IT is a rare actor who does not worry about on-screen chemistry, that hard to define but obvious-when-it-is-absent, commodity.
Leslie Mann didn't have to ponder it for a second when it came to shooting her new comedy, This is 40.
With her real daughters playing her screen daughters, her husband, Judd Apatow, writing and directing, and a long-time family friend, Paul Rudd, playing her husband, there was more chemistry on the This is 40 set than in the labs of GlaxoSmithKline.
Though she had worked with her daughters Maude, 14, and Iris, 9, on Knocked Up, the movie's "sort of" prequel, Mann could see a transformation in them this time around.
"I noticed on this movie that they both wanted to be a part of the creative process, whereas before they were too little and didn't really care. Iris was pitching jokes and Maude cared more about how she was doing as an actress.
"I was impressed by them, by their confidence, and their not holding back in front of adults. Sometimes children will get shy around adults and not want to speak up or express themselves. They don't have an issue with that, which I like."
In Apatow's 2007 Knocked Up, Pete and Debbie were the averagely unhappy married couple who illustrated how tough it could be to keep a relationship going. Fast forward to 2013's This is 40 and Pete and Debbie are approaching mid-life marital meltdown. Described by its makers as an "unfiltered" comedic look at life inside an American family, it is scorchingly honest at times, with Mann as the mother trying to hold everything together, generating most of the heat.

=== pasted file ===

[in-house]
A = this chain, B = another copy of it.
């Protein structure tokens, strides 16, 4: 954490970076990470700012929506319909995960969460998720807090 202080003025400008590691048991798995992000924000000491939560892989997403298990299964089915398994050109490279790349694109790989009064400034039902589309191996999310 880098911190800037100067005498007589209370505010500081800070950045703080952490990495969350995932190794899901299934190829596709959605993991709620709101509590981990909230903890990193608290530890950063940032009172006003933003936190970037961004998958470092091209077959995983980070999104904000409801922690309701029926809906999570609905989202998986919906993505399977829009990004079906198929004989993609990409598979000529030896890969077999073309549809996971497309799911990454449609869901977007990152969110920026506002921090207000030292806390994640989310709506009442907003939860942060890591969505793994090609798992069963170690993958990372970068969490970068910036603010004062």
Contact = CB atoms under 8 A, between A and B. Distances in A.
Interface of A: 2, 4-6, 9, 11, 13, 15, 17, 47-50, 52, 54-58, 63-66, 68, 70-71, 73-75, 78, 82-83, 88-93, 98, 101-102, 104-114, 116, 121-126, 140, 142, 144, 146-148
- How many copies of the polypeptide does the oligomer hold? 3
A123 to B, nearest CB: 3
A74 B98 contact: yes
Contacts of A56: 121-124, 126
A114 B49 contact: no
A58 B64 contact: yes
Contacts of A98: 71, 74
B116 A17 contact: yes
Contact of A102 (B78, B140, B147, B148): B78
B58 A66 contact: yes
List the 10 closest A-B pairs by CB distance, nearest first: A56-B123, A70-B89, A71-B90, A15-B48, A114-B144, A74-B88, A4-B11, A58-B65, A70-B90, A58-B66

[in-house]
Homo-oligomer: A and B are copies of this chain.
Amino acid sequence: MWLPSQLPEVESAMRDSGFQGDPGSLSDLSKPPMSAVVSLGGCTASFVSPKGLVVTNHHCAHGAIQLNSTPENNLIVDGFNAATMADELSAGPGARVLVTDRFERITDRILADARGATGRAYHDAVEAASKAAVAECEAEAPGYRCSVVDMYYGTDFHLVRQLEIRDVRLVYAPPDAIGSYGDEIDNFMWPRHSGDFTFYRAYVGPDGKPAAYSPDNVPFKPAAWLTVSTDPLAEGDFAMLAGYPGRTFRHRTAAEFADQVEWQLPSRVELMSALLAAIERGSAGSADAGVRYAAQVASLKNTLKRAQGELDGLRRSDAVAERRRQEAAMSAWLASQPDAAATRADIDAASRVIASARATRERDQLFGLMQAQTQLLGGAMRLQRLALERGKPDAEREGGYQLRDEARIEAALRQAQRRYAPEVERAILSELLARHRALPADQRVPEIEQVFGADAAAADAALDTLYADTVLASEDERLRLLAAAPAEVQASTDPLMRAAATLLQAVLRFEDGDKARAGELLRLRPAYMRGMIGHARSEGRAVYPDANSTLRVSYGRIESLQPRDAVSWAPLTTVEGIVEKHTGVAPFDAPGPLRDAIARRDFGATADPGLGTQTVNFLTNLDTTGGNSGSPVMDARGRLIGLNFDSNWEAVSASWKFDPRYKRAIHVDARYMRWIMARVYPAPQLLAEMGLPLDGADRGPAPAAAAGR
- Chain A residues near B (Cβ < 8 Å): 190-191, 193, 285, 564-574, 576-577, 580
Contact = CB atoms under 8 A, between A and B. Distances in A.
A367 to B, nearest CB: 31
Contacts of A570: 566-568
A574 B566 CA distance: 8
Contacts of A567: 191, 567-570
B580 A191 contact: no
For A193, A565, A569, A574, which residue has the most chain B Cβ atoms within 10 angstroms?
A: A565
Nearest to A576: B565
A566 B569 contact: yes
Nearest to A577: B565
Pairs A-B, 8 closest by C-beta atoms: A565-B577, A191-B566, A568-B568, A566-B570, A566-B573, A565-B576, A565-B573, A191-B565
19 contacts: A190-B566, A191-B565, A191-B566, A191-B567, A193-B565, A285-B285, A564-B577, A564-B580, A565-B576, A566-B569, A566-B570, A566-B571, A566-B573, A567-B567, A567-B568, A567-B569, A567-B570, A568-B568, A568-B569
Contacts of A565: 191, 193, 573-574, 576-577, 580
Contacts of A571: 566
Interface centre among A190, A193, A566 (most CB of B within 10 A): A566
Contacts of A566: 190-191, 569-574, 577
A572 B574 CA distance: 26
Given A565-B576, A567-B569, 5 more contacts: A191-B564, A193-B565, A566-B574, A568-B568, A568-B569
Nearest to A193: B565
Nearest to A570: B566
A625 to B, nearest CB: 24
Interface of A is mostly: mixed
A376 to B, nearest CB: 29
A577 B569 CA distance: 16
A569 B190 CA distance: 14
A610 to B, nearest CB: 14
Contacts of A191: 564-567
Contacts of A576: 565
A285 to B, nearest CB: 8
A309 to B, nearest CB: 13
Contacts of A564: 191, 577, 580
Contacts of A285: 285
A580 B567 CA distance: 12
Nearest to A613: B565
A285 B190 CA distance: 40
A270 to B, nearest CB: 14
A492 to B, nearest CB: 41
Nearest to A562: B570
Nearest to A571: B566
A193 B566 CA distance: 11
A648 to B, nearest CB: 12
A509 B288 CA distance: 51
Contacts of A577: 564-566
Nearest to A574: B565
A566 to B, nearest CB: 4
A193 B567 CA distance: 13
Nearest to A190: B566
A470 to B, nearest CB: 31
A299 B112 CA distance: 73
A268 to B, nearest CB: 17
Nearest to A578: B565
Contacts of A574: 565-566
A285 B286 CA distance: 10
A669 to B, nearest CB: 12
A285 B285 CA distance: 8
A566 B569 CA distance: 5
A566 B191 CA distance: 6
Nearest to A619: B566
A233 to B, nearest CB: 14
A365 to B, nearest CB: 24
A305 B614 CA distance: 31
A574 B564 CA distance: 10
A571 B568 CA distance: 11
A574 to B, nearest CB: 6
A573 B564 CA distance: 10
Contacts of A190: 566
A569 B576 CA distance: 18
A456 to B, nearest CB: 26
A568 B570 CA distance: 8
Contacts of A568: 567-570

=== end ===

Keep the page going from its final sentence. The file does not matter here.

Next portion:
Given the writerly tendency to draw from life, one has to wonder how much is based on the Apatows' experiences.
"It feels like some things are inspired by things we've experienced in our marriage or in our lives, but by the time it winds up on film it's a completely different animal. It's not my life at all," says Mann, who turned 40 in March last year and has been married to Apatow for 16 years. She didn't look at the movie and think "that's my life up there", but anyone who has been in a relationship for a long time will be able to relate to it, she reckons.
For Apatow, as is increasingly the case with his writing, This is 40 was a chance to take a more considered look at life. Funny People, his previous film, was a shrewd, moving, critically lauded comedy-drama about a comedian (played by Adam Sandler) facing the toughest gig of all: his failing health.
"Lately, I have thought a lot about where I am as a 44-year-old man," says Apatow. "I don't know if it is a mid-life crisis or a simple taking stock, but I definitely have been thinking about how it is going. You get to a certain age and you realise that this is your life.
"You will not run hurdles at the Olympics or live on a mountain in Switzerland. This is my wife and my family. This is my job and the rate at which I am going bald. Then you decide how you feel about it. I am generally thrilled with my life, but at the same time Leslie and I often wonder why certain aspects of our life and relationship are not easier. This movie explores some of those questions."